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What Should You Pack?
Obviously, not everything will fit in boxes. As a general rule, furniture and major appliances will be wrapped and padded by your moving crew. Items requiring professional disassembly and/or crating (such as slate pool tables, chandeliers or large glass table tops) are best left to the professionals.
Use new, high-quality packing materials (available from Heroes Moving & Storage) specifically designed for moving to better ensure your items will safely arrive. Professional moving cartons come in a variety of shapes and sizes that are specifically suited to fit a variety of household goods.
- Bundles of packing paper (clean, unprinted newsprint available from Heroes Moving & Storage).
- Bubble wrap and paper pads for delicate items and artwork.
- Rolls of PVC tape (don’t use masking tape or cellophane tape)
- Tape dispenser
- Broad-tipped markers for labeling
- Scissors or sharp knife for cutting cartons
- Notebook and pen or pencil for listing contents of cartons as they are packed
- Labels or stickers for identifying boxes
Wrapping How To’s
Before packing cartons, you’ll need to wrap most items to protect them from scratching and breakage. There are a variety of materials available, including bubble pack, foam peanuts and tissue. However, most professionals use bundles of clean, unprinted newsprint (available from Heroes Moving & Storage).
Start by placing a small stack of paper on a flat, uncluttered table or countertop. Round glasses and jars can be rolled up in two or three sheets of paper; always begin from a corner of the sheet and fold the sides in as you roll. Large or odd-shaped items require a similar technique. Place them in the center of the sheet and bring the corners together. (It may be necessary to flip the item over and wrap it again from the other side.) If in doubt, use more paper! When the corners come together, secure them with tape.
Before packing each box, line the bottom with a few inches of wadded paper for padding. Then place large, heavy items on the bottom and lighter, more fragile items on the top. Plates, books and things of a similar shape, should be loaded vertically to utilize their own maximum structural strength. Don’t overload boxes; keep them to a manageable weight. Fill in any voids and top off loaded cartons with wadded paper. Then tape boxes securely to avoid shifting while in route.
Imagine packing away a truckload of boxes and then having them delivered to your new home. How can you tell what box goes where? Because you’ve labeled them. Follow these tips to thwart confusion.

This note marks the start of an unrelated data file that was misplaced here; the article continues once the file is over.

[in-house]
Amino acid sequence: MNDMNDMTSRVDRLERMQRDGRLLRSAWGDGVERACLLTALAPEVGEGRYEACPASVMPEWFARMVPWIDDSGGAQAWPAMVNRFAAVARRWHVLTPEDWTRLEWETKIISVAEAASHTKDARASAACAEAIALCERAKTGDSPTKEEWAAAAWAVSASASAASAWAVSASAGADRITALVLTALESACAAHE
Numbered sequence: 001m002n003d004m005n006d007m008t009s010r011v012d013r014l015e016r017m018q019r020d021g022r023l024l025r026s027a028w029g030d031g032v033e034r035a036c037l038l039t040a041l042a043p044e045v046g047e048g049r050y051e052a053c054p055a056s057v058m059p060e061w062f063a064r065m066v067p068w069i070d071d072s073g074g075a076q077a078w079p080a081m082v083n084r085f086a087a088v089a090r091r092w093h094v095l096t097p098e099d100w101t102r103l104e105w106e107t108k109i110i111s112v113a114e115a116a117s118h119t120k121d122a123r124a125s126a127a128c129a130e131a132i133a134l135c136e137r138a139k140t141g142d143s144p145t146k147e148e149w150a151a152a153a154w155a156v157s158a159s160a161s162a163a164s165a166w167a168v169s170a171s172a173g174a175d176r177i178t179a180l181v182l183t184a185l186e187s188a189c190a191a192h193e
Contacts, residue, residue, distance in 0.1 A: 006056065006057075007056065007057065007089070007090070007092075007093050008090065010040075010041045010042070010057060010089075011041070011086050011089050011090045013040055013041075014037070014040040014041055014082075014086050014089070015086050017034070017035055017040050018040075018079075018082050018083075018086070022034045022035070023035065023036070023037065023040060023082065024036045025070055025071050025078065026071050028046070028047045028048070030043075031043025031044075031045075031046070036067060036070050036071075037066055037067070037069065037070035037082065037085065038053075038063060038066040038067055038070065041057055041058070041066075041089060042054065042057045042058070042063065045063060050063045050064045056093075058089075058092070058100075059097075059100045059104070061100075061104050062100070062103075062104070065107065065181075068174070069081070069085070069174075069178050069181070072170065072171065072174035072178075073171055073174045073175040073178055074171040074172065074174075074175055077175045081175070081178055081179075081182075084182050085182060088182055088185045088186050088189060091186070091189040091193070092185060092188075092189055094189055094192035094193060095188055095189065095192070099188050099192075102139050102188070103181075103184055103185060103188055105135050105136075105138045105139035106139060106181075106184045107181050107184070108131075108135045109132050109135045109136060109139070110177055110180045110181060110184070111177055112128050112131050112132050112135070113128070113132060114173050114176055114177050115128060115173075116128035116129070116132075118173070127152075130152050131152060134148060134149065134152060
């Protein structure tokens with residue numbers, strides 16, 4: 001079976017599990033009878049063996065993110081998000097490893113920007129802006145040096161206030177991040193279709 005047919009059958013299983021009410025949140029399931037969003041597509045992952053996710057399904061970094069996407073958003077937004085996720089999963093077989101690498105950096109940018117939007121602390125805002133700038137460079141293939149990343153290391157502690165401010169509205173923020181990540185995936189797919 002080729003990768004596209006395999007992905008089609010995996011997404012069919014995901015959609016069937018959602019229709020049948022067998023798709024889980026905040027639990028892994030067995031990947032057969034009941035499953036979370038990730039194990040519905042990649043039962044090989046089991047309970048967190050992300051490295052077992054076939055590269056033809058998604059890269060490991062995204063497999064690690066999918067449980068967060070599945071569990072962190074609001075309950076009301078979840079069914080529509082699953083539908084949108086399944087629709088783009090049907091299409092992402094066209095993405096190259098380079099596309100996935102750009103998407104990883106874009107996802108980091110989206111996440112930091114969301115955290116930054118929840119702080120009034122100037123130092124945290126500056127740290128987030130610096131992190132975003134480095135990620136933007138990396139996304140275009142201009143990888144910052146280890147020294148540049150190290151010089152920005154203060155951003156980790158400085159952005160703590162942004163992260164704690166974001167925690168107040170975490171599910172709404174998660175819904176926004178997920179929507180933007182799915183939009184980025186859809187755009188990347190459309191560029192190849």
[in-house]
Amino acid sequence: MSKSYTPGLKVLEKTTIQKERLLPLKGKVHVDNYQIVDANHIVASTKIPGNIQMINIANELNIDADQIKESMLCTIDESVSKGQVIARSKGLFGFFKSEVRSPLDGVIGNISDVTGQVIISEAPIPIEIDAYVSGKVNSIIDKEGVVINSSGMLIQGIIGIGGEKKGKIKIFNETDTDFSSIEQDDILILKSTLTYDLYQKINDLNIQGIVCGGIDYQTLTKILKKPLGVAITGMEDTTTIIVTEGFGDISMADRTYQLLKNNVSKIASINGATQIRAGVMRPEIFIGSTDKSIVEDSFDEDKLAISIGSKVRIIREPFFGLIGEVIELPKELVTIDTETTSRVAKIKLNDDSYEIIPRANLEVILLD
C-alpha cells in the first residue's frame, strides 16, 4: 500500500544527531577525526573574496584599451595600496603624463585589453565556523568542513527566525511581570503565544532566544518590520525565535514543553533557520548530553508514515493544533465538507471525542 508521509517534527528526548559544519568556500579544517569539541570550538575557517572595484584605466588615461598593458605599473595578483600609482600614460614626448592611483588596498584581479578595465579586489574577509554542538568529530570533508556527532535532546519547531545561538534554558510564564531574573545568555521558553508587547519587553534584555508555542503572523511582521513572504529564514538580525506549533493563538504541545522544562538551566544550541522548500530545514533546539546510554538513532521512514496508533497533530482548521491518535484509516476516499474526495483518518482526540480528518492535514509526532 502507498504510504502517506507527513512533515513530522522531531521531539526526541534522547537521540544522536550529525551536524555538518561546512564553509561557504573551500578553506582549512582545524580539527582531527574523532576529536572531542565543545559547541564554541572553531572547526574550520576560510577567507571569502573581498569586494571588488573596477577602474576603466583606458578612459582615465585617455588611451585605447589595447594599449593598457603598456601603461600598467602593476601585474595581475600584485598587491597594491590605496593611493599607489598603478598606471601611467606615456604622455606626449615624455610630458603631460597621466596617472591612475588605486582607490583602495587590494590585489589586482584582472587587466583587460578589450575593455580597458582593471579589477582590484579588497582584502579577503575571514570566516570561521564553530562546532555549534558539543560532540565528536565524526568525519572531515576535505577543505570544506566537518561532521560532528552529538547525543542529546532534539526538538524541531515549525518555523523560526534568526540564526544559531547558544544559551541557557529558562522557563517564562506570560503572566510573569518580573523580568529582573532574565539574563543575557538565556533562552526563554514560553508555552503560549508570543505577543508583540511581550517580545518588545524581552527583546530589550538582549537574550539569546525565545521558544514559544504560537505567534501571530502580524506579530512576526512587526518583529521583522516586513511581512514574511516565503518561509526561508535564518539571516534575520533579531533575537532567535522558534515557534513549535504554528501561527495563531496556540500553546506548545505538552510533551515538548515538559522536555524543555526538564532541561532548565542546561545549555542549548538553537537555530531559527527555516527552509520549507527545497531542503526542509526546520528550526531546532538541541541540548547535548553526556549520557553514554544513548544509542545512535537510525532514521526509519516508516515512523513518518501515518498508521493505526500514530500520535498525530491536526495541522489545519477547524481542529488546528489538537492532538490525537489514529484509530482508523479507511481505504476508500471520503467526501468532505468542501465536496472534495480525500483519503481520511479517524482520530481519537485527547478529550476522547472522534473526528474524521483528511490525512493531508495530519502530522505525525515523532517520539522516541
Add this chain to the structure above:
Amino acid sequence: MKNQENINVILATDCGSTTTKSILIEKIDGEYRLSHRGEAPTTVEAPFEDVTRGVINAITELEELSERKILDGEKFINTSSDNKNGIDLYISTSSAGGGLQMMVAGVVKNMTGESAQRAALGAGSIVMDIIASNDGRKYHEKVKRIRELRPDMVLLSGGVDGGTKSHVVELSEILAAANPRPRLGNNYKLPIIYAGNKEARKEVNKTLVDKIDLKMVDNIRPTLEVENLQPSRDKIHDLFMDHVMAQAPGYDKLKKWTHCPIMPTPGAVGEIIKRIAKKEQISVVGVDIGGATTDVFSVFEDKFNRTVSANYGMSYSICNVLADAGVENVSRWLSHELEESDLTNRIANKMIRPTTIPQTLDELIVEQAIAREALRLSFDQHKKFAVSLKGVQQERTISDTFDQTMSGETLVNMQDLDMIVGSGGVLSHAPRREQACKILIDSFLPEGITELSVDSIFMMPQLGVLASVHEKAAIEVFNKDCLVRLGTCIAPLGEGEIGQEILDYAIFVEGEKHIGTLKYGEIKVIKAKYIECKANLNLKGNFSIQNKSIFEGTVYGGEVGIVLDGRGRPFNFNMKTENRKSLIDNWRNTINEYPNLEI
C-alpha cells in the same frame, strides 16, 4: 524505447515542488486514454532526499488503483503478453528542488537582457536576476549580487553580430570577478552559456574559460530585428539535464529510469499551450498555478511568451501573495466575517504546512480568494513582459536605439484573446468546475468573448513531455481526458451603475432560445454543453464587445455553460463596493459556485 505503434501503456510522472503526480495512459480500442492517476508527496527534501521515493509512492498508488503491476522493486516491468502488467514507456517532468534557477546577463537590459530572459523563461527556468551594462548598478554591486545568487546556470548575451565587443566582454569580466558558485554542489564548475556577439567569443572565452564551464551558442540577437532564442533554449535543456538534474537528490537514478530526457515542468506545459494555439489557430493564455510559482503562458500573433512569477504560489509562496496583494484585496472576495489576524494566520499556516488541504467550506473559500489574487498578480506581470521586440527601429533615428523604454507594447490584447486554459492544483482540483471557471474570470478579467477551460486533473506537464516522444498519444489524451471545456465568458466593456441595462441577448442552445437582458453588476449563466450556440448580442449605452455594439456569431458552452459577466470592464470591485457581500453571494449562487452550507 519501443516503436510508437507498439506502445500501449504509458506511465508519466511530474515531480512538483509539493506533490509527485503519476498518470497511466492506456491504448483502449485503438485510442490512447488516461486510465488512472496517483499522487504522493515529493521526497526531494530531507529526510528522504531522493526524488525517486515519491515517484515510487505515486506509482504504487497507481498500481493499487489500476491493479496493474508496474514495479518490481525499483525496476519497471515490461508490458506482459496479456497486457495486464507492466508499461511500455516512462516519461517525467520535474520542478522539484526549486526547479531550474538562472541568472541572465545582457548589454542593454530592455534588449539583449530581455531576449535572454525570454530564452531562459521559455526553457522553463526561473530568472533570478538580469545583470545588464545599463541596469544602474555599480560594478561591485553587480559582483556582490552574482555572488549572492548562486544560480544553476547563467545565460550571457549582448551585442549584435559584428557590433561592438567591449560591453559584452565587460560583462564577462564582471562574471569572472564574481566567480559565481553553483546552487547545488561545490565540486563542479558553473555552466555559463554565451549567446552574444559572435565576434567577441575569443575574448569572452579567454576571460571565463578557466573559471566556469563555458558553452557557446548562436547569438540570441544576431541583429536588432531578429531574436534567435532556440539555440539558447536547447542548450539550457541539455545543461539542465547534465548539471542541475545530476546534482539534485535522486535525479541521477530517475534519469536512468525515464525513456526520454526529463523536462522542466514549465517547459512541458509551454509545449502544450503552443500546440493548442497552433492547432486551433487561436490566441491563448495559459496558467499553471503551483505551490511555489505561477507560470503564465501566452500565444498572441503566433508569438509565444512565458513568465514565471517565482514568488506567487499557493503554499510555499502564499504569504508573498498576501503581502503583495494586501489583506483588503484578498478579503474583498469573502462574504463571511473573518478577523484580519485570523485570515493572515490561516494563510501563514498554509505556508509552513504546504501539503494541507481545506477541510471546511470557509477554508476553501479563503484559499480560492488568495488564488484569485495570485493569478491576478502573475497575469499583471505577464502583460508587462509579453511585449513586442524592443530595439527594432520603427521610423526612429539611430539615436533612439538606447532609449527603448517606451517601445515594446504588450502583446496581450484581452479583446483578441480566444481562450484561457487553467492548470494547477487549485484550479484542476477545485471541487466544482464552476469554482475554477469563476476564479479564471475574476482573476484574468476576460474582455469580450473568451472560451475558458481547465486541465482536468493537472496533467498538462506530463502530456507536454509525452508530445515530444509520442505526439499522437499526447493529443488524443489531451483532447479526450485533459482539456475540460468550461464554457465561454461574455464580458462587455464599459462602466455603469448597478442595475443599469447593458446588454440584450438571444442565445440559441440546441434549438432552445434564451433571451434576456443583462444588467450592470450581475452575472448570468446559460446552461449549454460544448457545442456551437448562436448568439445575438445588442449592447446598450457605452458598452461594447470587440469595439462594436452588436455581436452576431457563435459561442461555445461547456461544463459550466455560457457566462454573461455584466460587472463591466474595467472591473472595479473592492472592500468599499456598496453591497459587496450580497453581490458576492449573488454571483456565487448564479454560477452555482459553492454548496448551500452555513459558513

- Use a broad, felt-tipped marker.
- Clearly mark your name, the room it should go to and contents on each box.
- Indicate “FRAGILE” on delicates; “THIS END UP” where appropriate.
Tips From the Pros
We suggest you start with out-of-season items. Next, pack things used infrequently. Leave until the last minute things you’ll need until moving day. Here are some more helpful hints.
- Empty drawers of breakables, spillables, non-transportable items and anything that would puncture or damage other items.
- Pack similar items together. For example, don’t pack a delicate china figurine in the same carton with cast iron frying pans.
- Keep all parts or pairs of things together. For example, curtain rod hangers, mirror bolts and other small hardware items should be placed in plastic bags and taped or tied securely to the article to which they belong.
- Wind electrical cords, fastening them so they do not dangle.
- Wrap items individually in clean paper for fine china, crystal and delicate items. Colored wrapping paper draws attention to very small things that might otherwise get lost in a carton. Use a double layer of clean, unprinted newsprint (available from Heroes Moving & Storage) for a good outer wrapping.
- Use newspapers for cushioning only. The ink can rub off and embed itself onto fine china.
- Place a two or three-inch layer of crushed paper in the bottom of boxes for cushioning.
- Build up the layers, with the heaviest things on the bottom, medium weight next and lightest on top.
- As each layer is completed, fill in empty spaces firmly with crushed paper and add more crushed paper to make a level base for the next layer, or use sheets of cardboard cut from cartons as dividers.
- Cushion well with crushed paper; towels and lightweight blankets may also be used for padding and cushioning. The more fragile the item, the more cushioning needed. Be sure no sharp points, edges or rims are left uncovered.
- Pack small, fragile, individually wrapped items separately or a few together in small boxes, cushioning with crushed or shredded paper. Place small boxes in a single large box, filling in spaces with crushed paper.
- Limit carton weight to about 50 pounds. Avoid overloading boxes but strive for a firm pack that will prevent items from shifting; the cover should close easily without force, but should not bend inward.
- Seal boxes tightly with tape.
- As you finish with each box, list the contents on the side of the box (for easy viewing while stacked) and in a special notebook. You might want to number and/or code the box as well.
- Indicate your name and the room to which each carton should be delivered at destination. Tape a sign on the door of each room at destination corresponding to the carton labels so movers can get the cartons into the proper rooms quickly. We also suggest using colored stickers on the boxes and marking the rooms doors with the same color so the movers can quickly place the items in the appropriate rooms.
- Put a special mark (the number 1, or the letter A) on cartons you want to unpack first at destination.
Contact Heroes Moving & Storage
To learn more about our residential moving services or to get a free estimate, contact us at 804-552-2942.